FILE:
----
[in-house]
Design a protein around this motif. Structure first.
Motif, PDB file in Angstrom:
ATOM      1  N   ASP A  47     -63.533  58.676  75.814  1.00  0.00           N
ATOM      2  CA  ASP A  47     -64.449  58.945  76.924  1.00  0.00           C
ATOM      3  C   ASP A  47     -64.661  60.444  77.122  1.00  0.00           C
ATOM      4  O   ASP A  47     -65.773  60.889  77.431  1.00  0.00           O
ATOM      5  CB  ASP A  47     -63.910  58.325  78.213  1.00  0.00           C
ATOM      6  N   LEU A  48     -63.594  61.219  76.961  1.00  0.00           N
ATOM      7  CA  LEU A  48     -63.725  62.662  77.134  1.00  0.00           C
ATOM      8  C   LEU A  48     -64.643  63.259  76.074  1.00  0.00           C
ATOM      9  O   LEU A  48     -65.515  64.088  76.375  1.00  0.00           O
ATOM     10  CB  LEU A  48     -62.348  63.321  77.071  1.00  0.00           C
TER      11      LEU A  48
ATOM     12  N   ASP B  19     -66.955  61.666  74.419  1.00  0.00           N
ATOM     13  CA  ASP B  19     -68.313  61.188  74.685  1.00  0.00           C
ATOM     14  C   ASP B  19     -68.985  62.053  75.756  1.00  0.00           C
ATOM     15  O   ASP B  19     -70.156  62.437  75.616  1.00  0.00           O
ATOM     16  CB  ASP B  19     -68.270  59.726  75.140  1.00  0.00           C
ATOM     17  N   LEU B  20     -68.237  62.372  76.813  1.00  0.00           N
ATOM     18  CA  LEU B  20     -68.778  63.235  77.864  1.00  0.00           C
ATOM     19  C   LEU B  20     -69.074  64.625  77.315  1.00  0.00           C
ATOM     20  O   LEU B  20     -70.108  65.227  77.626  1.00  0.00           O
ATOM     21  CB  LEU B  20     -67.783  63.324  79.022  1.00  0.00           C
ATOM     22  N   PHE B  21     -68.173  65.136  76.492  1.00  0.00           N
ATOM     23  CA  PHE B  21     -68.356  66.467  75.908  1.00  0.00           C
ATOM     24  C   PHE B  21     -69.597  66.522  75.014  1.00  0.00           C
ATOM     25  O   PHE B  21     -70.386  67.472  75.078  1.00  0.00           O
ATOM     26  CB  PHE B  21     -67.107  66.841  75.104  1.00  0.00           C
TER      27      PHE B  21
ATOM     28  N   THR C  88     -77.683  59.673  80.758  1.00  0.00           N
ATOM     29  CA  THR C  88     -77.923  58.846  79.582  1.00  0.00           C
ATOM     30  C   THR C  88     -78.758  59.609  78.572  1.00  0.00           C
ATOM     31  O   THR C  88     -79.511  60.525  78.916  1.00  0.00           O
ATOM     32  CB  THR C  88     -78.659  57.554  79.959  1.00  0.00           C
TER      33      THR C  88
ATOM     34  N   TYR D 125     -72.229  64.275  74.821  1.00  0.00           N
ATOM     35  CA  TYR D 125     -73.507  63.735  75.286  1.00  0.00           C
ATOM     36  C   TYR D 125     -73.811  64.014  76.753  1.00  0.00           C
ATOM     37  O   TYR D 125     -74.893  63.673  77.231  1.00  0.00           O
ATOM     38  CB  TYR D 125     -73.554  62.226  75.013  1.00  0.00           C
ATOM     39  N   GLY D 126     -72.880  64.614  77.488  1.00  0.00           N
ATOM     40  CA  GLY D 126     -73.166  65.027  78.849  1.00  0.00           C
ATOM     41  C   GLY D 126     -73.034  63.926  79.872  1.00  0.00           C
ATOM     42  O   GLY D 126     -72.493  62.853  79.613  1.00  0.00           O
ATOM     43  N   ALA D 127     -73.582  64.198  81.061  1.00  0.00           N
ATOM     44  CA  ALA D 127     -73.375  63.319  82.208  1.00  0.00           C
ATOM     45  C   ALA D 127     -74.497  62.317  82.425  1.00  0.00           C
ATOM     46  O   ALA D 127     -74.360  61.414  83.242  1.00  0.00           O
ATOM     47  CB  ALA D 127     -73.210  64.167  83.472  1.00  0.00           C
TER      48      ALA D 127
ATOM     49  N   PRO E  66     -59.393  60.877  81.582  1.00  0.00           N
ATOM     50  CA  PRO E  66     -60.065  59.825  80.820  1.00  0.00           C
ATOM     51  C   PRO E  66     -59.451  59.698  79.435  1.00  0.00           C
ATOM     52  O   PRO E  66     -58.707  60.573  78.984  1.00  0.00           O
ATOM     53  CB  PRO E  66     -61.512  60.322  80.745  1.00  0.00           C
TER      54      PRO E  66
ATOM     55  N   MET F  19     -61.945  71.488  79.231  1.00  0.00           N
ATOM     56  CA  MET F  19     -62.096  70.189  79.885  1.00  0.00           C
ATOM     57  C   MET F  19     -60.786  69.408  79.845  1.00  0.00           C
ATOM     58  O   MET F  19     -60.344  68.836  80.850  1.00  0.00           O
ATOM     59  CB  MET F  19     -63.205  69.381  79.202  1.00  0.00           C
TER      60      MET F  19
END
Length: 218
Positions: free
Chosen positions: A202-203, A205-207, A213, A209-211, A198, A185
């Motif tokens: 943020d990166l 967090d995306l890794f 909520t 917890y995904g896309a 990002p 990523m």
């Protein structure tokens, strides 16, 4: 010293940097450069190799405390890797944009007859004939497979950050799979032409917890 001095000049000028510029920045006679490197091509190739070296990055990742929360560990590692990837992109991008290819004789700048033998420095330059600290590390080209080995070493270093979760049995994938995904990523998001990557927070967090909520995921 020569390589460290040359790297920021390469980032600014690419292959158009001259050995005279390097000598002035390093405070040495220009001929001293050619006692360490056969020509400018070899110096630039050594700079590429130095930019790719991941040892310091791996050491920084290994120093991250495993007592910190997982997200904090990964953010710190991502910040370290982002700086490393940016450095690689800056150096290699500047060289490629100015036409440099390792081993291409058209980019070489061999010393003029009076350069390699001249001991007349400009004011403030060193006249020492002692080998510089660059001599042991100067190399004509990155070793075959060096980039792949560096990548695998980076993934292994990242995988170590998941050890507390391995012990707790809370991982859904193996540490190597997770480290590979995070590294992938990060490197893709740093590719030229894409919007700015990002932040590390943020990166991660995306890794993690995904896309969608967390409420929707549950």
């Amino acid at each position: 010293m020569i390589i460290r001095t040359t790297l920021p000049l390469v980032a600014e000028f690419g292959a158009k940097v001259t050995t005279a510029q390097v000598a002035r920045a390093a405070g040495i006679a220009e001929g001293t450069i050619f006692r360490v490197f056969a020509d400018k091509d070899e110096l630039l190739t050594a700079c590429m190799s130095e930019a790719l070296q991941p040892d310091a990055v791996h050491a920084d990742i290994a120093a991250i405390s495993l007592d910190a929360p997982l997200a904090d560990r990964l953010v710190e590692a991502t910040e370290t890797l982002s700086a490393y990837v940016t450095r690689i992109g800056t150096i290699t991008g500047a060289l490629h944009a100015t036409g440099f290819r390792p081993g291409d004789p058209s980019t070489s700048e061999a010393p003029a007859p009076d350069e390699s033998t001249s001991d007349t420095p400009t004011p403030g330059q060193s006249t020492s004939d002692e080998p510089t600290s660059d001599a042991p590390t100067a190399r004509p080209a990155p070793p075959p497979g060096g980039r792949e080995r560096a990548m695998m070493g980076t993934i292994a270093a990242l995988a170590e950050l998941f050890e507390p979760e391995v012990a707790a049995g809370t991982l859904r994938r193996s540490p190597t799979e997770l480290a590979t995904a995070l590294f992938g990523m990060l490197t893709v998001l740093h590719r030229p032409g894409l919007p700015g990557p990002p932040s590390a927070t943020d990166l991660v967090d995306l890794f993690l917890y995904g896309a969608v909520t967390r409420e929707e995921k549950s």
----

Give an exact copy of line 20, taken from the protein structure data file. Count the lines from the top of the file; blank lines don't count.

ATOM     17  N   LEU B  20     -68.237  62.372  76.813  1.00  0.00           N